by John Eberhard
“Inbound marketing” is one of the newer buzzwords in the marketing world today, and unlike with many buzzwords, it is something worth knowing about.
Basically, “inbound marketing” can be defined as placing information about your company in an area where people will see it when they search for information about your products or services. This means search engines. The “inbound” part of the term refers to the fact that people are actively searching for you.
Outbound marketing is defined as more traditional marketing, where you place an ad or send out direct mail or send email. It’s also called, by the buzzword people, “interruption marketing” due to the fact that you are typically interrupting something else the person is doing to get out your marketing message. They inbound marketing gurus use the term “interruption marketing” as a sort of demeaning term, as they typically believe outbound marketing is a wave of the past.
Inbound marketing with Google (the largest search engine) is in three different forms:
Google AdWords: This is where you place text ads that appear on Google in the first three lines at the top highlighted in pink, and in the right hand column going down the page. Your account gets charged every time someone clicks on your ad. You select the keywords that you want the ad to appear for, you write your ads and you select a page where people will land when they click. You also select the geographical area where you want your ads to appear. Google AdWords typically works best at this point for high ticket items, i.e. items that cost say more than $100 or so. You cannot use it to sell things like books or CDs because the ads are just too expensive.
Organic Listings: These are the other listings on Google other than the paid listings and the Google Places listings. They are located in the left hand column. There are usually several below the paid listings at the top, then the Google Places listings if it is a local search, then more organic listings below that. Getting your listing to rank well in the organic listings requires doing search engine optimization and link building and can take some time, often 6-12 months.
Proponents of inbound marketing say that it is the wave of the future and that the advent of inbound marketing has changed the basic nature of marketing. It works better than outbound marketing because you are putting your message in front of people who are actively looking for what you sell and deliver, instead of interrupting people while they are doing something else, like reading articles or watching TV or whatever. Some proponents go so far as to say that outbound marketing is dead.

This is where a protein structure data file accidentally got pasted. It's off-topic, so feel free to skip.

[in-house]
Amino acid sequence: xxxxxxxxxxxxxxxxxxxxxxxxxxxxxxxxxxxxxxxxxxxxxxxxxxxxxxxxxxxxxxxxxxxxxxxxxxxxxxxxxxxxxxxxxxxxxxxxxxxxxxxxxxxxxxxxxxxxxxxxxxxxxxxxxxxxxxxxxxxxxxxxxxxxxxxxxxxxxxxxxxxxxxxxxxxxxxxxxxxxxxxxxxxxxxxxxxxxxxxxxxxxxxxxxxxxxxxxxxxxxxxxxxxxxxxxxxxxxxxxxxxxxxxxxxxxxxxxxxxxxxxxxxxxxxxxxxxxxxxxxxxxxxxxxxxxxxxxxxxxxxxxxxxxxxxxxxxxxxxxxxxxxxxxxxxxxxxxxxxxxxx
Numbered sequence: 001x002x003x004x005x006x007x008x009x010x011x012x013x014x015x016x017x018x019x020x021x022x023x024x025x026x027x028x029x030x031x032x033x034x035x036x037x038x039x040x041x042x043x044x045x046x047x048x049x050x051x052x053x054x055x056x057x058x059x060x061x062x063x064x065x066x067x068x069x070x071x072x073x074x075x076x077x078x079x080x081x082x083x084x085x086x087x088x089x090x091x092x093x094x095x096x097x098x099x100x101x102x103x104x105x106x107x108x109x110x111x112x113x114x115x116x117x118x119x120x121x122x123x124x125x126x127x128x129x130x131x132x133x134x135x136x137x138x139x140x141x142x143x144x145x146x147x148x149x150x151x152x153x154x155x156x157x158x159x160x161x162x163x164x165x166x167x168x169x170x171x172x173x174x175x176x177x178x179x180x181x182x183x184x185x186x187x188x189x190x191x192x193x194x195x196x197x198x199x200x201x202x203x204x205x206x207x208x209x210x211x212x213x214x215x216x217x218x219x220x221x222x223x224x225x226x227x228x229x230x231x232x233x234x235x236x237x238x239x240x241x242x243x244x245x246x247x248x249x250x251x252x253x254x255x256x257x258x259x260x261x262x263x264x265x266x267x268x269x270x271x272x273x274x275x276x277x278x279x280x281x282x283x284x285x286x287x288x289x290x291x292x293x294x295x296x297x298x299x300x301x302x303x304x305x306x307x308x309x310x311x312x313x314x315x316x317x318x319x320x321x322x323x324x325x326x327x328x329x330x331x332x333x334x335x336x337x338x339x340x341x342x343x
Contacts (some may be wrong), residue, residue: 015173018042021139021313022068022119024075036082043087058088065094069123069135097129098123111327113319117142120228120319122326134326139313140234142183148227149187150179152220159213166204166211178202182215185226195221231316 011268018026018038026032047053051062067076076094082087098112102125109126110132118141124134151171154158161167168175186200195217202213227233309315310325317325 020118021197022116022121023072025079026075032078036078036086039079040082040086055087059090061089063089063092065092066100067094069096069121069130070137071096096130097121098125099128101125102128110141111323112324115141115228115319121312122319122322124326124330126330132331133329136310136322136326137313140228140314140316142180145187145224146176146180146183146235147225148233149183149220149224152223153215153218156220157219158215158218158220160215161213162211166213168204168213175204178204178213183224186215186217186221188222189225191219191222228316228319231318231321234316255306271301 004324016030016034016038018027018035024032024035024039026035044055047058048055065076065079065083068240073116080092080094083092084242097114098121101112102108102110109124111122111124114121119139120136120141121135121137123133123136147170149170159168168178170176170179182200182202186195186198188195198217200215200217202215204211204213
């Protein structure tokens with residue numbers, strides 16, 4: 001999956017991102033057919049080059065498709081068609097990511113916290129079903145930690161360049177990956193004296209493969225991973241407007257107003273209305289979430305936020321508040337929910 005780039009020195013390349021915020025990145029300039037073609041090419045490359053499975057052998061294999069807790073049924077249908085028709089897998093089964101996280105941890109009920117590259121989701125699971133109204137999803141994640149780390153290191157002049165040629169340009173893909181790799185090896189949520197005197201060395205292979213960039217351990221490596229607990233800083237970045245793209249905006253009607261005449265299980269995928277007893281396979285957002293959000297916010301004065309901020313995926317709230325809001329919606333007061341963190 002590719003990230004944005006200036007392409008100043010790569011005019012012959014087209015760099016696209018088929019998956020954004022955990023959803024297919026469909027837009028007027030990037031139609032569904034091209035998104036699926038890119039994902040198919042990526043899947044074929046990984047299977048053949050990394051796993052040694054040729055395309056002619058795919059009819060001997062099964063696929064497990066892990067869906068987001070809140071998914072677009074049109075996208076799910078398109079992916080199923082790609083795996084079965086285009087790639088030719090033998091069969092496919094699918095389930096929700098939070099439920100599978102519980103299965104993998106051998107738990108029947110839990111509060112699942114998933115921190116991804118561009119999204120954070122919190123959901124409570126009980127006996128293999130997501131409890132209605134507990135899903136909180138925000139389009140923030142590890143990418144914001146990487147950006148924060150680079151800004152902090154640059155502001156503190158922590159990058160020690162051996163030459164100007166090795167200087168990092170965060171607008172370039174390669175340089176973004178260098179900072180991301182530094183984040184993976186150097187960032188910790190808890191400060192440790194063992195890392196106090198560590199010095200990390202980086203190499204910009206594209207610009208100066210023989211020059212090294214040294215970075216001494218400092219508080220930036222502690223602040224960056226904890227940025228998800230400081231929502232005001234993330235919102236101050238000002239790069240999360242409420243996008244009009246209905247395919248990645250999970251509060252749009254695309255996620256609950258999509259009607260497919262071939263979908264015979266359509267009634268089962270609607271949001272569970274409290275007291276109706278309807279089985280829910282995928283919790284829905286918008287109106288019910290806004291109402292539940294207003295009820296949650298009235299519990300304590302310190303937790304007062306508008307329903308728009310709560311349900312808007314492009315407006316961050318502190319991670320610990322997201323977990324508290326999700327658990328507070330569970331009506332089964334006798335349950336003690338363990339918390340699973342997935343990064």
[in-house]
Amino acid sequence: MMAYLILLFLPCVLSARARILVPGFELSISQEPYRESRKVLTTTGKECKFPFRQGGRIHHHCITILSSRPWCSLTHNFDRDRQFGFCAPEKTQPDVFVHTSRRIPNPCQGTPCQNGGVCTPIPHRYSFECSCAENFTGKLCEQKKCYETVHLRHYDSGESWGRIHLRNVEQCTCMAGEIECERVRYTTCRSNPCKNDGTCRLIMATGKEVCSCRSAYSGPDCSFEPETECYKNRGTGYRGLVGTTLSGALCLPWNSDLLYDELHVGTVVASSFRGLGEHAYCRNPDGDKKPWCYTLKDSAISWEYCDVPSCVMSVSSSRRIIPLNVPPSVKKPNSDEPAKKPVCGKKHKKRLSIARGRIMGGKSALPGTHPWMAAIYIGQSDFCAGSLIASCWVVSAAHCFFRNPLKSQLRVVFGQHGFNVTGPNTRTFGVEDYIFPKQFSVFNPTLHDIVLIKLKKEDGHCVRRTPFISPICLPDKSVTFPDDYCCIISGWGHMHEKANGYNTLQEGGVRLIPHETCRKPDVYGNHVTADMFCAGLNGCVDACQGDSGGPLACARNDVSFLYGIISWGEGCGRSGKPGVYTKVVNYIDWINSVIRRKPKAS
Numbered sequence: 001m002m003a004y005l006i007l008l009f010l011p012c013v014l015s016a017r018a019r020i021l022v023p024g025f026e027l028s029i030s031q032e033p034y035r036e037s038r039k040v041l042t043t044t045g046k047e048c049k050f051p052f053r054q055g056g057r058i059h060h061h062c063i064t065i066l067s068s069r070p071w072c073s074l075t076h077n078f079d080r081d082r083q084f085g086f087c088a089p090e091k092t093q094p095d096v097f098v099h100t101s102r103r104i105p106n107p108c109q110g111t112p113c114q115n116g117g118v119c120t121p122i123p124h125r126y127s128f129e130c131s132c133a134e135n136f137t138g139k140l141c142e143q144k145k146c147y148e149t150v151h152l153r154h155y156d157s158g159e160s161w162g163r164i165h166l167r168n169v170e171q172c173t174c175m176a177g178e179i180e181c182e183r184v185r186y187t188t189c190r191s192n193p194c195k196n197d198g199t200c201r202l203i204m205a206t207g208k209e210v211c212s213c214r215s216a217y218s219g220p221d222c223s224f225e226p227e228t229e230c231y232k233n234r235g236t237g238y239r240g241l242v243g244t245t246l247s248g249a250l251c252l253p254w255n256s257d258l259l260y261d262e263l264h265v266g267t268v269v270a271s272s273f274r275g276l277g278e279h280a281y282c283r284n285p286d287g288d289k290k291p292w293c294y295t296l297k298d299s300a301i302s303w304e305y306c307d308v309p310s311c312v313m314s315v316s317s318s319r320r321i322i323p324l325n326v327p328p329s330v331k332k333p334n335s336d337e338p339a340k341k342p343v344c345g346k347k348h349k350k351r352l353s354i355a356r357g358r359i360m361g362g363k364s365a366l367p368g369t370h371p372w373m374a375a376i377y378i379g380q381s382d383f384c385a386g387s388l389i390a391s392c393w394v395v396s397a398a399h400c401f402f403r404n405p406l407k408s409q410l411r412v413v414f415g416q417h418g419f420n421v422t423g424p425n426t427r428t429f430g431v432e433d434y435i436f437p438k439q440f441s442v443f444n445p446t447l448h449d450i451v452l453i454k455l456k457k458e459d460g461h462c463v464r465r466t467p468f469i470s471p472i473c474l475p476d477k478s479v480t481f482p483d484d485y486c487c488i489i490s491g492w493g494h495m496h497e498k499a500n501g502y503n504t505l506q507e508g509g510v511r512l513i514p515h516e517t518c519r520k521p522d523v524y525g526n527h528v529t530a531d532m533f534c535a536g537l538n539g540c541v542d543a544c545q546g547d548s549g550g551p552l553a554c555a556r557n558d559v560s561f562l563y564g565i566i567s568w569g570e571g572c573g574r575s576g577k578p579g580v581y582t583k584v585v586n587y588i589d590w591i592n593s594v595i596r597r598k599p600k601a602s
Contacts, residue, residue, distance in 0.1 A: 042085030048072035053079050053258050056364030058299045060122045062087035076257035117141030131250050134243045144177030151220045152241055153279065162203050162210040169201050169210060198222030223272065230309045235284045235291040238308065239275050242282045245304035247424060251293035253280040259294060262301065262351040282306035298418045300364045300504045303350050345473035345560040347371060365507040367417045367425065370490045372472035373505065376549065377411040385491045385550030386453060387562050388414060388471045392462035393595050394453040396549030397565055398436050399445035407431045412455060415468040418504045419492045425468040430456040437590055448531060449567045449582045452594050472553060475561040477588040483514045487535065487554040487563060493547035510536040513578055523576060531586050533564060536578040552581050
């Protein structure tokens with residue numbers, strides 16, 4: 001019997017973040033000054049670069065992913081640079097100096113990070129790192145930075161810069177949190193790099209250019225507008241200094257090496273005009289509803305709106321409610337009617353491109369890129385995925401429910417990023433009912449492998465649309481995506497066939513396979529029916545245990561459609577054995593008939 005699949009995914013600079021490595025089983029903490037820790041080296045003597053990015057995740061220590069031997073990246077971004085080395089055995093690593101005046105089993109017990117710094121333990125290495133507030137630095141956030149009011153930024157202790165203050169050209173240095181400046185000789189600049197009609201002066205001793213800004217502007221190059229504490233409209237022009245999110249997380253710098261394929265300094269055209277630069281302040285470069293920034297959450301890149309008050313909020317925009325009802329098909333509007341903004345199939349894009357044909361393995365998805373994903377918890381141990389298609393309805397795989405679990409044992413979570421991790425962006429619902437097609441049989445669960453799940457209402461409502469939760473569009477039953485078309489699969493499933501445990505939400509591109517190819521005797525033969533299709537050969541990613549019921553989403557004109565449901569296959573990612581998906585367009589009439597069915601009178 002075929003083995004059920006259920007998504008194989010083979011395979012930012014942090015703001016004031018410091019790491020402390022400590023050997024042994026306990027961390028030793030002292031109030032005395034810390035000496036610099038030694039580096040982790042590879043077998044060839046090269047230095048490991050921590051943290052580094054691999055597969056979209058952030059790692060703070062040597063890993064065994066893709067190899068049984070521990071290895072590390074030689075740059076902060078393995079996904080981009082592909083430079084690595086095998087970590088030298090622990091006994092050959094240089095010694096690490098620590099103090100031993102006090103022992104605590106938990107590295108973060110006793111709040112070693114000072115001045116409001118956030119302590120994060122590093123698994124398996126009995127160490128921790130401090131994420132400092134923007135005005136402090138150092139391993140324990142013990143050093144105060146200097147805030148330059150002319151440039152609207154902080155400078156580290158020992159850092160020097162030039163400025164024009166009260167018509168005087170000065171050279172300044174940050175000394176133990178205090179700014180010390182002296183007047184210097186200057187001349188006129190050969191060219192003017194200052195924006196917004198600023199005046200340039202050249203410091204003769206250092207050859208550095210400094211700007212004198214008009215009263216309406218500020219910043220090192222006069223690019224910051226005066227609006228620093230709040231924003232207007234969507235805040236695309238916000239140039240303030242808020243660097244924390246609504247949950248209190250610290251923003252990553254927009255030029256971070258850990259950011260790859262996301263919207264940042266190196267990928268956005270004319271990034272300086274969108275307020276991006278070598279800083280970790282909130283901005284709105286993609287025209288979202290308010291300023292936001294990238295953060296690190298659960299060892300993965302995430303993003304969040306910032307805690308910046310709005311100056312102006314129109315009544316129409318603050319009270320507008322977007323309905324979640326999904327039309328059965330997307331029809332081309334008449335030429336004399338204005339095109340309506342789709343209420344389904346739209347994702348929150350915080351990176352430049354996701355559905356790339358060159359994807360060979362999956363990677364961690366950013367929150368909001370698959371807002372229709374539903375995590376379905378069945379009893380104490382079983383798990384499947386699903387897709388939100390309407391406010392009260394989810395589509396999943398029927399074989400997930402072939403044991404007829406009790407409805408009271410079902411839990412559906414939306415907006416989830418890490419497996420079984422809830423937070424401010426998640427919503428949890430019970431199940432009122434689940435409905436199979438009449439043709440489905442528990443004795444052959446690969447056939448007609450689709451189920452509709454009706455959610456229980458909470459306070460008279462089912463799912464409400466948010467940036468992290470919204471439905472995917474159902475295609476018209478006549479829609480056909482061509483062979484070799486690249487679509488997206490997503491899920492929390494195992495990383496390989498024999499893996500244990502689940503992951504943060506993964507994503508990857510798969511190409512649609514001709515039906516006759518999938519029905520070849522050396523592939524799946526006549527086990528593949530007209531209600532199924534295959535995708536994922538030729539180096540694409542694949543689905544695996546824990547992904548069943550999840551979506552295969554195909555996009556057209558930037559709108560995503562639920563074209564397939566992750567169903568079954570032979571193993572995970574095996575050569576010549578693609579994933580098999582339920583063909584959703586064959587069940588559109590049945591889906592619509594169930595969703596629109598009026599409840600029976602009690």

Fair enough. There is no question that inbound marketing as described above has changed marketing in a fairly fundamental way. If you can catch people when they are actively looking for something, you are theoretically catching them at the peak of their interest cycle. And there is also no question that outbound marketing does not work as well as it used to. So all is rosy, right? If you’re doing inbound marketing, you’re on Easy Street.
Except that there are some flaws in this design. There are gaping holes for certain types of businesses, holes you could drive a space shuttle through.
What do I mean? Let’s explore.
- The Local Business in a Very Competitive Market
- The Business Selling Low Ticket Items
The inbound marketing paradigm just doesn’t work for these types of businesses. In addition, you have the fact that Google has for years been actively working against anyone being able to be cause over their organic listings. They pay lip service to the idea that they are working with SEO consultants. But their actions speak louder than words, because every one of their algorithm updates in the last few years has in effect taken away the tools that SEO consultants have been using to help clients improve rankings.
Next week I will discuss more on the holes in the inbound marketing universe, what you can DO about it, and how outbound marketing still plays a major part in marketing.